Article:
How freelancers can support the flexible future of the workplace

By Charlotte Gregson, Country Head UK at Malt   The concept of the workplace is changing and not just in...

Banking3 days ago

Banking on legacy – The risks posed by ‘stone age’ banking infrastructure

By Andreas Wuchner, Angel Investor of Venari Security   Introduction If you consider the most significant motivating factors behind cyber-attacks...

Business3 days ago

Beyond the Plastic Era: How Virtual Payments and Digital Wallets are Changing the Way We Pay

Nick Holt, Senior Director Solutions Engineering at Marqeta   In 2017, debit cards overtook cash as the most frequently used...

News3 days ago

Mambu and Mia-FinTech announce collaboration to accelerate introduction of digital finance solutions

Mia-FinTech, the fintech startup that enables banking and financial institutions to evolve towards open finance, and Mambu, a leading cloud...

Finance4 days ago

GDPR – the benchmark for a global privacy framework

by Alasdair Anderson, VP EMEA, Protegrity On the 5th anniversary of GDPR, the regulation continues to be a game-changer, setting the...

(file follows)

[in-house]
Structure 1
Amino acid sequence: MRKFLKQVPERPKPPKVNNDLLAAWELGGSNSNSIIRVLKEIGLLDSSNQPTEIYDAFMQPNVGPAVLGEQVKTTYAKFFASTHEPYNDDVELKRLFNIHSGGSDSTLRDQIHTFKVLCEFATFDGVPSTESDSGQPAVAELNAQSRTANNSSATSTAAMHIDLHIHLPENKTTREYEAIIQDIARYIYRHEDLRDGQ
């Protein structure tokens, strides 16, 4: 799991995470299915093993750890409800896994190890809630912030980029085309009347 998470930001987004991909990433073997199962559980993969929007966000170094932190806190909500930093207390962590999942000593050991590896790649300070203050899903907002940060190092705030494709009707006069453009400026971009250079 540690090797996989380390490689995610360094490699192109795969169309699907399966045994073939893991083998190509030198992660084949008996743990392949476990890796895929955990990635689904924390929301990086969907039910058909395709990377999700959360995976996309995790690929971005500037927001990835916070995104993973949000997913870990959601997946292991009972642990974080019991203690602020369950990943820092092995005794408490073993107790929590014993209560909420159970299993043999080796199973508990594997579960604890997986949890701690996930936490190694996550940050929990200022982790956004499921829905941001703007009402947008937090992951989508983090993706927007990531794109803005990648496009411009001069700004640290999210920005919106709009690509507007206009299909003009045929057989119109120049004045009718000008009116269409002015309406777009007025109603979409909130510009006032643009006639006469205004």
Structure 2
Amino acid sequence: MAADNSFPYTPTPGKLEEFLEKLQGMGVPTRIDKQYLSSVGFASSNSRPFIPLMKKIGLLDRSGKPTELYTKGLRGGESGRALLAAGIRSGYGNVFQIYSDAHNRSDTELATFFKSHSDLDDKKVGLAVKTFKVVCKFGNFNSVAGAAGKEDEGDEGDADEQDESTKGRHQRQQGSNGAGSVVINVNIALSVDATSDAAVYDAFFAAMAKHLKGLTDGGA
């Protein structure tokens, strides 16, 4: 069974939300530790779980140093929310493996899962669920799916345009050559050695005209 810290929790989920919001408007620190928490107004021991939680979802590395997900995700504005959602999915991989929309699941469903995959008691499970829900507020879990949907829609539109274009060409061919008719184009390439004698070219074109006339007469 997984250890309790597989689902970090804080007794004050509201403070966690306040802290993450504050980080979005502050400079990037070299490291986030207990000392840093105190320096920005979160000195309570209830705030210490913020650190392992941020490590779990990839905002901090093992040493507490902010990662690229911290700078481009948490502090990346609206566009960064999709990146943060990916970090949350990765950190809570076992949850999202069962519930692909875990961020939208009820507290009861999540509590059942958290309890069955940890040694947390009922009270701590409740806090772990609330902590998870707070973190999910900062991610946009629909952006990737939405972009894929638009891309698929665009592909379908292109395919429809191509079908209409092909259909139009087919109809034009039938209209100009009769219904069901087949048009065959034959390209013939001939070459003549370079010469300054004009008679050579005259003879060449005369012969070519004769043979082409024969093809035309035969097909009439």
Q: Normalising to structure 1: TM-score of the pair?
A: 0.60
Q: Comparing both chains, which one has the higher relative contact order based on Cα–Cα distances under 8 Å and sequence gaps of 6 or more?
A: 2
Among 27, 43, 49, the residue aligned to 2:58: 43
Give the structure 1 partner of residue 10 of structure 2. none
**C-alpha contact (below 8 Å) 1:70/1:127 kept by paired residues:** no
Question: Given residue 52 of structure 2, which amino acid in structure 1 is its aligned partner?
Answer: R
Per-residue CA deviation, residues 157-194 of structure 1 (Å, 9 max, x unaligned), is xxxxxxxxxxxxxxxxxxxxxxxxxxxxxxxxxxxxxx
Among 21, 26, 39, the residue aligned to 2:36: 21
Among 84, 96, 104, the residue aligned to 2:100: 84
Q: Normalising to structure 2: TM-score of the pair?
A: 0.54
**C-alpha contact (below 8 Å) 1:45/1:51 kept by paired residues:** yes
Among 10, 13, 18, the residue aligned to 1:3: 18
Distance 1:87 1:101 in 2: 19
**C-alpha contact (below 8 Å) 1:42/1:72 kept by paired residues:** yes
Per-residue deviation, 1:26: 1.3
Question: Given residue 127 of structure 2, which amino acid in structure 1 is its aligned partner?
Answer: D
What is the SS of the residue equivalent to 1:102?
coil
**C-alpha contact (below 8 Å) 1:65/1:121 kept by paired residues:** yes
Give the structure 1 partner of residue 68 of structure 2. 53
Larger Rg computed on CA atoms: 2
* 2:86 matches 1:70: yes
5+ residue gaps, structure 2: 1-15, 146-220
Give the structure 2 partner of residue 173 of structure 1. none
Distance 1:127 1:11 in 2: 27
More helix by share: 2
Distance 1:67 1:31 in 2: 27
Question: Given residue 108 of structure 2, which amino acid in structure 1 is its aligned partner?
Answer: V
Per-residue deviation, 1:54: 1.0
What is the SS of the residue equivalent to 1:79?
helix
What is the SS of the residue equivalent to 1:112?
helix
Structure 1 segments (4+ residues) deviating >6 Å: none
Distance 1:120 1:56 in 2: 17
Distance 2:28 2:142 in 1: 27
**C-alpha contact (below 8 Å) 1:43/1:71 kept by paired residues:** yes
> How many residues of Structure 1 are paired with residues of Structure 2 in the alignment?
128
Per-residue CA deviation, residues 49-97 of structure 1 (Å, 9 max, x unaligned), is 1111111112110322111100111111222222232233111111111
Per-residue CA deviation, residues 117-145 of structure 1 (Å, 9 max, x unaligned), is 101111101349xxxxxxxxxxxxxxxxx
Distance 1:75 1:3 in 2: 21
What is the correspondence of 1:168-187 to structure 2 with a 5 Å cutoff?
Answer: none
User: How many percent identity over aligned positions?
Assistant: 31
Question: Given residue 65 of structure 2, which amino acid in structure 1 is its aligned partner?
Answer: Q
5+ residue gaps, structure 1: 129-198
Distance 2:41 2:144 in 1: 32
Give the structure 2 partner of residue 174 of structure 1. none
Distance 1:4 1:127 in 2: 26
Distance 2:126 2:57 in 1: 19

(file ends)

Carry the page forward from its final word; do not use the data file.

Finance4 days ago

Why real-time data remains a top priority for treasurers

Real-time data is vital for treasury teams, and this will continue as currency markets remain volatile and other crises threaten....

Finance4 days ago

Cross border payments: fact or friction?

Tom Scampion, CEO of Global Screening Services (GSS)   10 years ago, the fastest way to transfer money from country...

Business4 days ago

Compliance and customer experience: It’s not a trade-off

Tage Borg, CTO, Scrive Consumers today are used to smooth, instant transactions made in real time and free from the...

News4 days ago

Dubai Traders Summit 2023 concludes with great success

The Forex Traders Summit Dubai 2023 – Third Edition, a two-day event held on May 17-18, 2023, at The Ritz-Carlton,...